We’re Money and its Time to Show it. Big Scary Bear (Port) V Sea Fang (SPD): A Preview

 

“You know what? You’re like a big bear with claws, with fangs”

 

 

You could be despondent about last weekend’s defeat to Buriram and it was certainly a bit of a low. Having got ourselves excited about getting back into a 25% filled PAT stadium and a good run giving hope we could finally beat Buriram. Come the final whistle we were reminded that shorn of drums and ultras the atmosphere in the stadium, just as it was last time at 25%, isn’t much of anything. While good run or no good run, Buriram always seem to find a way to win against Port.  However, I hope Dusit has taken an unusual route this week to give the team their mojo back. As I’d just stick seminal 90s movie “Swingers” on at a team meeting.  Because the main thing the team needs is the pep talk given to John Favreau’s Mike, who has just failed to get the number of a woman in a bar, by his friend Trent (Vince Vaughn) from which the above quote is taken(watch it here). Quite simply Port need to realise that they are capable of mixing with anyone in the league. As Trent would put it….. Port “I’m tellin’ ya, you’re money”. There’s nothing to be scared of on the evidence of the league so far this season and Port have all the tools to beat anyone, it’s just a matter of learning to use them and the “rules” to the maximum.

 

“You got these f***ing claws and these fangs, man. And you’re looking at your claws and you’re lookin’ at your fangs and you’re thinkin’ to yourself, ‘I don’t know what to do’, man”

 

We weren’t any worse than Buriram last weekend as a footballing side, but we were a million miles behind them in the dark arts. Although even here there were signs of improvement. At the outset virtually every time a challenge resulted in physical contact and a Port player emerging with the ball, the opposing Buriram player would crumple to the ground. In expectation of Port putting the ball out of play or the referee stopping the game. Neither showed any willingness to do so and remarkable the propensity for Buriram players to need treatment for having been tackled soon became non existent. Good. More of this.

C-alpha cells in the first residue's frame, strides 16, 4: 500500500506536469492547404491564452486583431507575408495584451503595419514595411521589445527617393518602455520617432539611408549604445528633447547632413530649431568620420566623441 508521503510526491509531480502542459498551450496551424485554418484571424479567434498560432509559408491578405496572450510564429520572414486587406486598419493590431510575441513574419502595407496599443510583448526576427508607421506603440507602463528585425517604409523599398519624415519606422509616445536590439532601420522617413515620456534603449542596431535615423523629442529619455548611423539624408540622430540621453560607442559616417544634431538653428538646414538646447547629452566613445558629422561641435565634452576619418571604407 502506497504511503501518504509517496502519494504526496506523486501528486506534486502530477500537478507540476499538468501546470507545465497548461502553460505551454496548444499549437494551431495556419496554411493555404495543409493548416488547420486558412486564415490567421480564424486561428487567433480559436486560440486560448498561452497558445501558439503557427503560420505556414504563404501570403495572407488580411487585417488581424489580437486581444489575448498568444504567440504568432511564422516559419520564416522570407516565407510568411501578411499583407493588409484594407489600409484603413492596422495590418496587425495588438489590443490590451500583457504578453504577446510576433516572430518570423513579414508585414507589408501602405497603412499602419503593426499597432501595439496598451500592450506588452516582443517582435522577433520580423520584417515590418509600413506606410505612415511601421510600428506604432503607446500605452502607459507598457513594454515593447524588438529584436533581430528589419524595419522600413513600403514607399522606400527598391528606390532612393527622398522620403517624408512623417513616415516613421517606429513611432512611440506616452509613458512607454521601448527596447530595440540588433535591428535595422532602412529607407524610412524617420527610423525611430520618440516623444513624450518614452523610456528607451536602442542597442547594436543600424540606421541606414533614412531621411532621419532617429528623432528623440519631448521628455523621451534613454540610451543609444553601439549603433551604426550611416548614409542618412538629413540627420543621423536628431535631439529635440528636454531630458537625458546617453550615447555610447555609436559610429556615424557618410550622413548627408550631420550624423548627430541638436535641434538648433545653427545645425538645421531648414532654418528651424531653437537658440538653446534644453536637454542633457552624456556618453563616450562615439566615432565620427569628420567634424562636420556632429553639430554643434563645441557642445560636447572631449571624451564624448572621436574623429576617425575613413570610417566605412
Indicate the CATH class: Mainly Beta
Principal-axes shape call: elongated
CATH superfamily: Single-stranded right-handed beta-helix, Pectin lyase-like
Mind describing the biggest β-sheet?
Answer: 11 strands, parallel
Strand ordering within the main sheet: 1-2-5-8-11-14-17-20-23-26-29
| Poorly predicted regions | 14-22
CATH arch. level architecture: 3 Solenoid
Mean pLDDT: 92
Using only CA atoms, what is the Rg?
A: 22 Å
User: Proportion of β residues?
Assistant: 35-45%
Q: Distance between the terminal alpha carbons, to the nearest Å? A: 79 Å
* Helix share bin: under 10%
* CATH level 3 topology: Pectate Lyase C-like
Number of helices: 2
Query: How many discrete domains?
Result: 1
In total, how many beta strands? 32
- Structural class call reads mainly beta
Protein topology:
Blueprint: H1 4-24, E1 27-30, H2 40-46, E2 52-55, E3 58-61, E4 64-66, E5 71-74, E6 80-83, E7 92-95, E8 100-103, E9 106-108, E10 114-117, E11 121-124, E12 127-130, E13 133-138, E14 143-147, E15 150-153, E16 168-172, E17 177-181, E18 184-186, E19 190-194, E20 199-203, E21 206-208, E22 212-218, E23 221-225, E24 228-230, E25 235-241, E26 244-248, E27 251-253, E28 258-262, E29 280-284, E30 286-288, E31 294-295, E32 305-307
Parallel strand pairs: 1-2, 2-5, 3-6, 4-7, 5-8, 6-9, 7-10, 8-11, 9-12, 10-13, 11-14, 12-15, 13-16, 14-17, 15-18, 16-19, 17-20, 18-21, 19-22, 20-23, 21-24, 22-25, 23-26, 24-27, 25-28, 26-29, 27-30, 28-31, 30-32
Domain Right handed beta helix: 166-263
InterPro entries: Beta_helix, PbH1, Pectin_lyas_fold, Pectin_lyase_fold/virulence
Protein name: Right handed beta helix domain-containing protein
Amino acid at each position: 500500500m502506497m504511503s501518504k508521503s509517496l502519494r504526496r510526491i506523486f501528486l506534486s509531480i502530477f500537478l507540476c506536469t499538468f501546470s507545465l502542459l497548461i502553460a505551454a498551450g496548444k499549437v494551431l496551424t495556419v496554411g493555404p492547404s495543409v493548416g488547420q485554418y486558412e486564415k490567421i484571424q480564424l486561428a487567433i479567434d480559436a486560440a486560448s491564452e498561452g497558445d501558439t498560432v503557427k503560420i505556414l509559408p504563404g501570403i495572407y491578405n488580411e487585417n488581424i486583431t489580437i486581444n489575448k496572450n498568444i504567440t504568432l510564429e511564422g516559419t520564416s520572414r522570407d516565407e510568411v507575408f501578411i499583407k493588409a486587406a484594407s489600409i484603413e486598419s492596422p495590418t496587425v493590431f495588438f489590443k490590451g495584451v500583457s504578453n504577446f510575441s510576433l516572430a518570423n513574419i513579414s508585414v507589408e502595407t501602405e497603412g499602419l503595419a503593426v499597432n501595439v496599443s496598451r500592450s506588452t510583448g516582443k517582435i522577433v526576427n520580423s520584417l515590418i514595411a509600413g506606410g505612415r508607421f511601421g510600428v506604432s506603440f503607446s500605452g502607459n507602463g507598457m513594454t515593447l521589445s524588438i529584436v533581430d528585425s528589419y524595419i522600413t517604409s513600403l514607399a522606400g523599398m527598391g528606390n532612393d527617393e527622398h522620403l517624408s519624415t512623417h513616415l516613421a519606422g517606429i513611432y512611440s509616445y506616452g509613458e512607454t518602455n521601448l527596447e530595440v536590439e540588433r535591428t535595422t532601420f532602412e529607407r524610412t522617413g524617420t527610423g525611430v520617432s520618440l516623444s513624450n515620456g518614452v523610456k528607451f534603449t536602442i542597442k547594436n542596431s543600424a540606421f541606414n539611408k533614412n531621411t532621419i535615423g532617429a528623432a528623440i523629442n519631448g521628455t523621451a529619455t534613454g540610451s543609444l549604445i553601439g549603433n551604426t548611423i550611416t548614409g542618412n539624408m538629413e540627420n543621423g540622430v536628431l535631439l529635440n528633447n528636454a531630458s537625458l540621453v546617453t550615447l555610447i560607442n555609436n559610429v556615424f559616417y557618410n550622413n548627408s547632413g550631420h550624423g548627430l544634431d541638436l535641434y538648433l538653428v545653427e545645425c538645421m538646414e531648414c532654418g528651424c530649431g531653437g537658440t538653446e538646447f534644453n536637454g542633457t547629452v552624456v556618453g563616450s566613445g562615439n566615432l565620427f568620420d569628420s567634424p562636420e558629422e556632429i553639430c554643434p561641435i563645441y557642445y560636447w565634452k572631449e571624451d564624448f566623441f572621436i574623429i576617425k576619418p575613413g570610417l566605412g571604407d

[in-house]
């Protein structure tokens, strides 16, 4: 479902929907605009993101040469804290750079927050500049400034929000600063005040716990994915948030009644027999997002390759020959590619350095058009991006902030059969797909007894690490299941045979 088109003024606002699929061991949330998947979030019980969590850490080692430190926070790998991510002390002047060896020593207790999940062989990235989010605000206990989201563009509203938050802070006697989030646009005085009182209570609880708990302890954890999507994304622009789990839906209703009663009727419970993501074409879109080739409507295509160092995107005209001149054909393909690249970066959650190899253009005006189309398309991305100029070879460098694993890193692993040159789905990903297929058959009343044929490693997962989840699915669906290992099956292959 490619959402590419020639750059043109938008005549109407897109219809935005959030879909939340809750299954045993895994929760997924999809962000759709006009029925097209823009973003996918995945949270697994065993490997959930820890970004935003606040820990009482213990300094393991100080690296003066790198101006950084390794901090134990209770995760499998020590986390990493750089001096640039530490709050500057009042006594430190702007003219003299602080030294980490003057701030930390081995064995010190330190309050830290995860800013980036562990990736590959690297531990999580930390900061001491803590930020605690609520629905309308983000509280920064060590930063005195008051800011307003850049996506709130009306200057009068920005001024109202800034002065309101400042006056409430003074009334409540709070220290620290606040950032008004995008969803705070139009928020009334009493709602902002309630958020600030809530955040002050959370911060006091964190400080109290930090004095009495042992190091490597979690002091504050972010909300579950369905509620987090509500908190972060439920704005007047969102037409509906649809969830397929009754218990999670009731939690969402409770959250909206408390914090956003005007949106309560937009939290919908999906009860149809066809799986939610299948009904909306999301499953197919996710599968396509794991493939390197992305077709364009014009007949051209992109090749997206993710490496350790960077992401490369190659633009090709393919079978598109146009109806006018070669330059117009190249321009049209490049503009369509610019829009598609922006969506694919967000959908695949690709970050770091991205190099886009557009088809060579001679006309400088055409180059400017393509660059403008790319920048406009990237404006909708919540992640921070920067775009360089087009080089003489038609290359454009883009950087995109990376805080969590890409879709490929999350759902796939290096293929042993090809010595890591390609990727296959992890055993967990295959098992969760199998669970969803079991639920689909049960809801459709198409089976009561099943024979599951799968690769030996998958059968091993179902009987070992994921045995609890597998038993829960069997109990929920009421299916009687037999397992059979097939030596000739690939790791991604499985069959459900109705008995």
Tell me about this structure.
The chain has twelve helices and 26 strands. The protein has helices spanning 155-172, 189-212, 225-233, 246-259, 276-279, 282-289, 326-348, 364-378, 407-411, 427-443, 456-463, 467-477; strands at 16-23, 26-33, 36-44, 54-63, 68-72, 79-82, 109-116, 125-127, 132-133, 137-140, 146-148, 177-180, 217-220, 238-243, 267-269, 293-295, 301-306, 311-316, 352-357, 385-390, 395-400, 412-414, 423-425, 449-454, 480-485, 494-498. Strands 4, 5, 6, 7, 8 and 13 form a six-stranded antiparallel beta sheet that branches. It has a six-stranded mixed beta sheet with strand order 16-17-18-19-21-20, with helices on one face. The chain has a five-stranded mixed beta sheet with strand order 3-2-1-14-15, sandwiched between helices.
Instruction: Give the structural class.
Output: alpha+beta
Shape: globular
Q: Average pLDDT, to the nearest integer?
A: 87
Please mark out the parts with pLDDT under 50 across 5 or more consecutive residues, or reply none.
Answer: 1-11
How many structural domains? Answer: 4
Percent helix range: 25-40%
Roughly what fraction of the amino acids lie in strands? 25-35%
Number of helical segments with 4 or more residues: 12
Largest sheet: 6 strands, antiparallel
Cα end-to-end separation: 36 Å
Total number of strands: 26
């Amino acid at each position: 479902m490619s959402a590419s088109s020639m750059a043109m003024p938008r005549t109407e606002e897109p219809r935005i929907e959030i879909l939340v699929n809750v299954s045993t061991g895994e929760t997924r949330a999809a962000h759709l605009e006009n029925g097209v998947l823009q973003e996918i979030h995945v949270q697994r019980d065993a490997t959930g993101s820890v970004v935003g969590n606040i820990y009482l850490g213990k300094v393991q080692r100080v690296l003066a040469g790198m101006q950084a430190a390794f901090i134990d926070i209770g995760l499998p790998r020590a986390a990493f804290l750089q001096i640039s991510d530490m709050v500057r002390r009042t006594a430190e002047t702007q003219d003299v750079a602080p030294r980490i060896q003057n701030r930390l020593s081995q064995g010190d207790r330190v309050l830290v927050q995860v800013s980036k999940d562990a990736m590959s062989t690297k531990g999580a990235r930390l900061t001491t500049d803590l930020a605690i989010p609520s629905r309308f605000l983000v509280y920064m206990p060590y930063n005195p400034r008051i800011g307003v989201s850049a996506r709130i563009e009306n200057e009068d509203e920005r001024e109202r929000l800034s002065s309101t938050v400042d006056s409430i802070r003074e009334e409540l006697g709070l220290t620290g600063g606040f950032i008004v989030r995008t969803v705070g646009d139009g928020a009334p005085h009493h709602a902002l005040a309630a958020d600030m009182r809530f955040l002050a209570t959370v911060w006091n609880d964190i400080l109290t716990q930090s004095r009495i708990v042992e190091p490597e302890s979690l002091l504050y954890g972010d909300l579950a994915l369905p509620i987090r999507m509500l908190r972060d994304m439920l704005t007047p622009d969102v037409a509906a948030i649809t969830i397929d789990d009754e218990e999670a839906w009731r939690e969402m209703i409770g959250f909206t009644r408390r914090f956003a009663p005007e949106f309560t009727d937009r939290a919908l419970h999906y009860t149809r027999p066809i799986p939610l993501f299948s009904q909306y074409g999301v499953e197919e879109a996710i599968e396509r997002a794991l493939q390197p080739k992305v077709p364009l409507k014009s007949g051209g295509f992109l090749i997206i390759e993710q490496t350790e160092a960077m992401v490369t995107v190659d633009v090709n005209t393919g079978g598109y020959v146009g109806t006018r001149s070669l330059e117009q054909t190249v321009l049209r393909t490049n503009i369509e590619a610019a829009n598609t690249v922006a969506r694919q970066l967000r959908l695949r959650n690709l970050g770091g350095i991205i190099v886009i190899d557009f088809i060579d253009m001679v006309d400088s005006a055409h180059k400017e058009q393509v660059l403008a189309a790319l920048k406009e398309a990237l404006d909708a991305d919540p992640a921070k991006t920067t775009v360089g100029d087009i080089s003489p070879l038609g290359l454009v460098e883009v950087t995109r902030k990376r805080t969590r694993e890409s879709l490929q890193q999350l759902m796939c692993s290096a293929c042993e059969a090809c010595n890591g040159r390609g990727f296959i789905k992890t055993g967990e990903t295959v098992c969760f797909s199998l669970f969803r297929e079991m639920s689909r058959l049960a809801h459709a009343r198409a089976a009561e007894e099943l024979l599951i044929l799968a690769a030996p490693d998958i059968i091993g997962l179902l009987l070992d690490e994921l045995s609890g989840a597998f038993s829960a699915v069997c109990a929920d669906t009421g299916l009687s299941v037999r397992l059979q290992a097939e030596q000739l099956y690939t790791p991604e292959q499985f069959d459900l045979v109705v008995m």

Buriram have travelled south to face two of the five teams that were widely tipped to be clear at the top of the league. Twice they’ve strangled the game, making it a tight ugly affair devoid of flair. Each game could have gone either way until it was decided by defensive errors. In Bangkok United, they found the only team that can out filth them and lost, in Port, they found a team that hasn’t quite mastered the parts of the game that exist between the rules as written and what you can get away with once the game starts and emerged victorious. After last weeks game and due to the events at some others (including Bangkok United’s you’ll be shocked to learn), there was a bit of a Twitter discussion re the time wasting and gamesmanship, with the majority across the league feeling the onus is on the clubs, coaches and players to take the lead in cleaning up the game in Thailand. Personally, I don’t think that can ever be the case. As professionals, the staff and players are paid to win games and as such pushing the rules to the limit will always be part of that. For example, there’s nothing really gained by having the ball a couple of mm’s over the line when taking a corner, yet while they’re allowed to get away with it, you’ll seldom see a ball that isn’t placed trying to gain the tiniest of margins. However, if self-policing is the way it’s going to be fixed, so be it, I can get behind it. Just rather than leading the way as one of the nice guy clubs it’s time for Port to be at the back, one step behind Buriram and Bangkok United (ok, maybe no need to ever be quite that bad). To quote Vaughn again, Port “I don’t want you to be the guy in the PG-13 movie everyone’s really hopin’ makes it happen. I want you to be like the guy in the rated R movie, you know, the guy you’re not sure whether or not you like yet. You’re not sure where he’s coming from. Okay? You’re a bad man. You’re a bad man. You’re a bad man.”